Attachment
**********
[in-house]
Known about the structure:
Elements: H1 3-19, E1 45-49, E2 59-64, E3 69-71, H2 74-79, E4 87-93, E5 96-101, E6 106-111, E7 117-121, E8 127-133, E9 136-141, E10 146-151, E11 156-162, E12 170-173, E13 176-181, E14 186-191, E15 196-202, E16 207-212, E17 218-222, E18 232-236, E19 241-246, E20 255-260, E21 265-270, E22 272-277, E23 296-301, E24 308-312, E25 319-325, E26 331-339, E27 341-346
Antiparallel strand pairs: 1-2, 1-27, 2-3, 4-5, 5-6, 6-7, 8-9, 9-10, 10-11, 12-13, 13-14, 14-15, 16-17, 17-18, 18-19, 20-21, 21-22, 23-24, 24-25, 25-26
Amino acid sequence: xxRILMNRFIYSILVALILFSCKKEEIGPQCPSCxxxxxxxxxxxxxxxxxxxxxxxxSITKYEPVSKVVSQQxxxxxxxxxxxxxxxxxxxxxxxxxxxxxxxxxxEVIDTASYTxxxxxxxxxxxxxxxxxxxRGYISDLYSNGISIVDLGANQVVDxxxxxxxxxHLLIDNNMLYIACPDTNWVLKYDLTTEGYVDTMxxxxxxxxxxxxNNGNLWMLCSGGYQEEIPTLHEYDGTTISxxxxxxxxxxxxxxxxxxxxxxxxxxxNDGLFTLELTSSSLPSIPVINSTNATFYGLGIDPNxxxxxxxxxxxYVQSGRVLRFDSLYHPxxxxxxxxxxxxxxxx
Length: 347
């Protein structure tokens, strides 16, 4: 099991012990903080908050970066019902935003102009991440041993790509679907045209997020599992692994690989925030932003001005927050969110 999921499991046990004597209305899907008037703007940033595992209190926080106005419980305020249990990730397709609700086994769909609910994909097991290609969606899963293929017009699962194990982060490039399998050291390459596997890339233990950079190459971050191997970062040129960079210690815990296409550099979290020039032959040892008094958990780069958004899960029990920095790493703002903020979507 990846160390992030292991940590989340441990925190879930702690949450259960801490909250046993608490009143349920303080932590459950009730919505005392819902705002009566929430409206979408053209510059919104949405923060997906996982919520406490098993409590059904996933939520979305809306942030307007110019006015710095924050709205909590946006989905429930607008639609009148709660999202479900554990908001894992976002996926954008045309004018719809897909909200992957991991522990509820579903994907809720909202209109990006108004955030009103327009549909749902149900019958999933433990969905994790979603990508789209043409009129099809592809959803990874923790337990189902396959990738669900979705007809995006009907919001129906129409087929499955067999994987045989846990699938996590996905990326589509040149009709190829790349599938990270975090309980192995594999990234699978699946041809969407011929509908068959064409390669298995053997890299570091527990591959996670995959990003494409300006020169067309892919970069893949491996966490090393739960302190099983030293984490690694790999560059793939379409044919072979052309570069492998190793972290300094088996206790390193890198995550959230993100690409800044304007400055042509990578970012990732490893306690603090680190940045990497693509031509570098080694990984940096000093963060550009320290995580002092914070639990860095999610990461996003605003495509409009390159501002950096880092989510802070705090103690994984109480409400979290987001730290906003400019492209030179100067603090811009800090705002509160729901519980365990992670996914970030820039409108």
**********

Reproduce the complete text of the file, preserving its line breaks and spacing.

[in-house]
Known about the structure:
Elements: H1 3-19, E1 45-49, E2 59-64, E3 69-71, H2 74-79, E4 87-93, E5 96-101, E6 106-111, E7 117-121, E8 127-133, E9 136-141, E10 146-151, E11 156-162, E12 170-173, E13 176-181, E14 186-191, E15 196-202, E16 207-212, E17 218-222, E18 232-236, E19 241-246, E20 255-260, E21 265-270, E22 272-277, E23 296-301, E24 308-312, E25 319-325, E26 331-339, E27 341-346
Antiparallel strand pairs: 1-2, 1-27, 2-3, 4-5, 5-6, 6-7, 8-9, 9-10, 10-11, 12-13, 13-14, 14-15, 16-17, 17-18, 18-19, 20-21, 21-22, 23-24, 24-25, 25-26
Amino acid sequence: xxRILMNRFIYSILVALILFSCKKEEIGPQCPSCxxxxxxxxxxxxxxxxxxxxxxxxSITKYEPVSKVVSQQxxxxxxxxxxxxxxxxxxxxxxxxxxxxxxxxxxEVIDTASYTxxxxxxxxxxxxxxxxxxxRGYISDLYSNGISIVDLGANQVVDxxxxxxxxxHLLIDNNMLYIACPDTNWVLKYDLTTEGYVDTMxxxxxxxxxxxxNNGNLWMLCSGGYQEEIPTLHEYDGTTISxxxxxxxxxxxxxxxxxxxxxxxxxxxNDGLFTLELTSSSLPSIPVINSTNATFYGLGIDPNxxxxxxxxxxxYVQSGRVLRFDSLYHPxxxxxxxxxxxxxxxx
Length: 347
């Protein structure tokens, strides 16, 4: 099991012990903080908050970066019902935003102009991440041993790509679907045209997020599992692994690989925030932003001005927050969110 999921499991046990004597209305899907008037703007940033595992209190926080106005419980305020249990990730397709609700086994769909609910994909097991290609969606899963293929017009699962194990982060490039399998050291390459596997890339233990950079190459971050191997970062040129960079210690815990296409550099979290020039032959040892008094958990780069958004899960029990920095790493703002903020979507 990846160390992030292991940590989340441990925190879930702690949450259960801490909250046993608490009143349920303080932590459950009730919505005392819902705002009566929430409206979408053209510059919104949405923060997906996982919520406490098993409590059904996933939520979305809306942030307007110019006015710095924050709205909590946006989905429930607008639609009148709660999202479900554990908001894992976002996926954008045309004018719809897909909200992957991991522990509820579903994907809720909202209109990006108004955030009103327009549909749902149900019958999933433990969905994790979603990508789209043409009129099809592809959803990874923790337990189902396959990738669900979705007809995006009907919001129906129409087929499955067999994987045989846990699938996590996905990326589509040149009709190829790349599938990270975090309980192995594999990234699978699946041809969407011929509908068959064409390669298995053997890299570091527990591959996670995959990003494409300006020169067309892919970069893949491996966490090393739960302190099983030293984490690694790999560059793939379409044919072979052309570069492998190793972290300094088996206790390193890198995550959230993100690409800044304007400055042509990578970012990732490893306690603090680190940045990497693509031509570098080694990984940096000093963060550009320290995580002092914070639990860095999610990461996003605003495509409009390159501002950096880092989510802070705090103690994984109480409400979290987001730290906003400019492209030179100067603090811009800090705002509160729901519980365990992670996914970030820039409108």